Iglesia de Llocuoma

Not exactly a main road

Not exactly a main road

The road got pretty small at times

The road got pretty small at times

Fellow over-landers we used the Chile/Bolivia border Tambo Quemado (not many do) as it is used mainly for commercial trucks.  When we arrived , there must have been at least a line 2km long of trucks.  It is okay to drive right to the front and park to do your paper-work ,an advantage of being a tourist helped for once.  It took us about 2 hours to get through,as you are competing and queuing along  with the truckers  plus you fill in your own TIP form (Temporary Import Paper).  They did check for fruit and vegetables which was unusual , as entering Bolivia from Argentina they didn’t bother, but as you learn all borders are different, also they took 2 photographs of the truck, one being the outside, and the other of the inside, also unusual! An easy enough border, just a big jammed with trucks!  Don’t try to get through in a hurry, the big trucks have precedence here.   You rush to wait, you wait to rush.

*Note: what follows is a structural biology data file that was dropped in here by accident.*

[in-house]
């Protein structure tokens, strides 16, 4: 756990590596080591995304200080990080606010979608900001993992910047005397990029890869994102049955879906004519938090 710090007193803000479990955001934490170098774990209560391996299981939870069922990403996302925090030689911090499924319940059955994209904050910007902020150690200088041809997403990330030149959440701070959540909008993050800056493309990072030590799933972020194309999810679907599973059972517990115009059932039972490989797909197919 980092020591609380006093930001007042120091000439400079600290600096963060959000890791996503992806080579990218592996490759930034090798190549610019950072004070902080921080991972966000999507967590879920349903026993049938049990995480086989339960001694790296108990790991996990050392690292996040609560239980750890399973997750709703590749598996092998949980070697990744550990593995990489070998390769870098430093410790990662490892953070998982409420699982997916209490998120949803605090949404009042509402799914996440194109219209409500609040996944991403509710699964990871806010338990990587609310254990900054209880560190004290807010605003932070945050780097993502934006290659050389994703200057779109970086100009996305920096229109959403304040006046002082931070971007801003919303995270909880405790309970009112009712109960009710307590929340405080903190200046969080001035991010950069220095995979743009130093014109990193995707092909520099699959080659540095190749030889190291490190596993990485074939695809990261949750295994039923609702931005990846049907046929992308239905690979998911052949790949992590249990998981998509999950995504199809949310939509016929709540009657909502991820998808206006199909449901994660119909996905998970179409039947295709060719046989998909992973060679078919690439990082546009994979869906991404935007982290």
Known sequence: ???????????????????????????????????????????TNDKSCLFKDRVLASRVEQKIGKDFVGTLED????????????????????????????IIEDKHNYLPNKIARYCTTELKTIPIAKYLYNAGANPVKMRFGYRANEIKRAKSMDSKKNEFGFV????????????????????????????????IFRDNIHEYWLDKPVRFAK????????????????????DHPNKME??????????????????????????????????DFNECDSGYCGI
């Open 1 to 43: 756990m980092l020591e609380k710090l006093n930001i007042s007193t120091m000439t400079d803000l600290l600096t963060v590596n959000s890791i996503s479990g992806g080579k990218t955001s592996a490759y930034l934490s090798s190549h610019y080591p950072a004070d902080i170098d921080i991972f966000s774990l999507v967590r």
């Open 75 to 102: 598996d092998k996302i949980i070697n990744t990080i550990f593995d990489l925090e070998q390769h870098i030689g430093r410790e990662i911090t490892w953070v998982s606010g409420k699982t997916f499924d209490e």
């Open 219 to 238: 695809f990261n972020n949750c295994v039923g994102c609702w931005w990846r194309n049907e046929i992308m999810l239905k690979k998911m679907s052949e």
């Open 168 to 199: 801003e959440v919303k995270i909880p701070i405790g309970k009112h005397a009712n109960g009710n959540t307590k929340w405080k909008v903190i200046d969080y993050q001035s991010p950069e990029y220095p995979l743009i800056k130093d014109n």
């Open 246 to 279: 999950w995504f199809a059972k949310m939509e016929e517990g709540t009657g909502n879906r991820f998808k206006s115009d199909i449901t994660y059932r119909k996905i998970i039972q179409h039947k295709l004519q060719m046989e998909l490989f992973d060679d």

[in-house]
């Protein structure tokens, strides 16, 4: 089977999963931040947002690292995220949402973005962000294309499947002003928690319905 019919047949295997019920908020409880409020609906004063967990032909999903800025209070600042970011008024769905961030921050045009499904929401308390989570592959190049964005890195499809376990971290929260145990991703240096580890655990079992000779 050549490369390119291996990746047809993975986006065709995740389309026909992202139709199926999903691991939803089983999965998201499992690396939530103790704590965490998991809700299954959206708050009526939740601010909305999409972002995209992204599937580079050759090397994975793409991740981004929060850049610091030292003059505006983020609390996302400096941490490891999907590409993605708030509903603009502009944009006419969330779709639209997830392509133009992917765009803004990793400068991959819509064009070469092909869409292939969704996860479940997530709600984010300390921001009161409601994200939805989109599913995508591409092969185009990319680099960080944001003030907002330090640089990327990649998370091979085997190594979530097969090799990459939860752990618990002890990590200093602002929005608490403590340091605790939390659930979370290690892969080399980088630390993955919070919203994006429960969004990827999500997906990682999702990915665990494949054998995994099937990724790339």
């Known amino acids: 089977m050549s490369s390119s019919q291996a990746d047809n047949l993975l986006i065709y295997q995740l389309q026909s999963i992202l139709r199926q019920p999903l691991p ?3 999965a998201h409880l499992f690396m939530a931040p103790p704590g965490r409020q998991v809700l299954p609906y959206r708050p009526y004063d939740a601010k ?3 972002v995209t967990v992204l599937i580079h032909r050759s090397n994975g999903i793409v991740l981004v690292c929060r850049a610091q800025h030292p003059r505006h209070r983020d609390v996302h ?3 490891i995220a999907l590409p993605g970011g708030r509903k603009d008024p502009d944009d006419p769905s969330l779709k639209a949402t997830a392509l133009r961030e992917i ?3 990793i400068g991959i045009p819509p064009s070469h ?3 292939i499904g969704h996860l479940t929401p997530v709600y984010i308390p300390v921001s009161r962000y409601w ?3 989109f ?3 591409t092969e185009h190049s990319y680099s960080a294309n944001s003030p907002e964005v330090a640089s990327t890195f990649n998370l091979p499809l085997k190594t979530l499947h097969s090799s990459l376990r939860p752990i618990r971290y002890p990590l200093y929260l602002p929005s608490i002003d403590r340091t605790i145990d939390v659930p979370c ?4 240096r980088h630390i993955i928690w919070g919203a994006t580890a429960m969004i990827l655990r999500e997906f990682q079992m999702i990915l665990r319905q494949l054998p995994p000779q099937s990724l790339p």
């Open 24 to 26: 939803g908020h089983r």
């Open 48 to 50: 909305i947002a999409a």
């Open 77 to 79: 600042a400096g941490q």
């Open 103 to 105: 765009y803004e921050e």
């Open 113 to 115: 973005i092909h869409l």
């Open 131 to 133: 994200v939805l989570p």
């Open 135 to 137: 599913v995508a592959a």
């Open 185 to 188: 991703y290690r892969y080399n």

[google-map-v3 width=”600″ height=”500″ zoom=”12″ maptype=”hybrid” mapalign=”center” directionhint=”false” language=”default” poweredby=”false” maptypecontrol=”true” pancontrol=”true” zoomcontrol=”true” scalecontrol=”true” streetviewcontrol=”true” scrollwheelcontrol=”false” draggable=”true” tiltfourtyfive=”false” addmarkermashupbubble=”false” addmarkermashupbubble=”false” kml=”http://moglander.com/wp-content/uploads/2013/08/iqueue-LaPaz.gpx” bubbleautopan=”true” showbike=”false” showtraffic=”false” showpanoramio=”true” panoramiouid=”6698103″]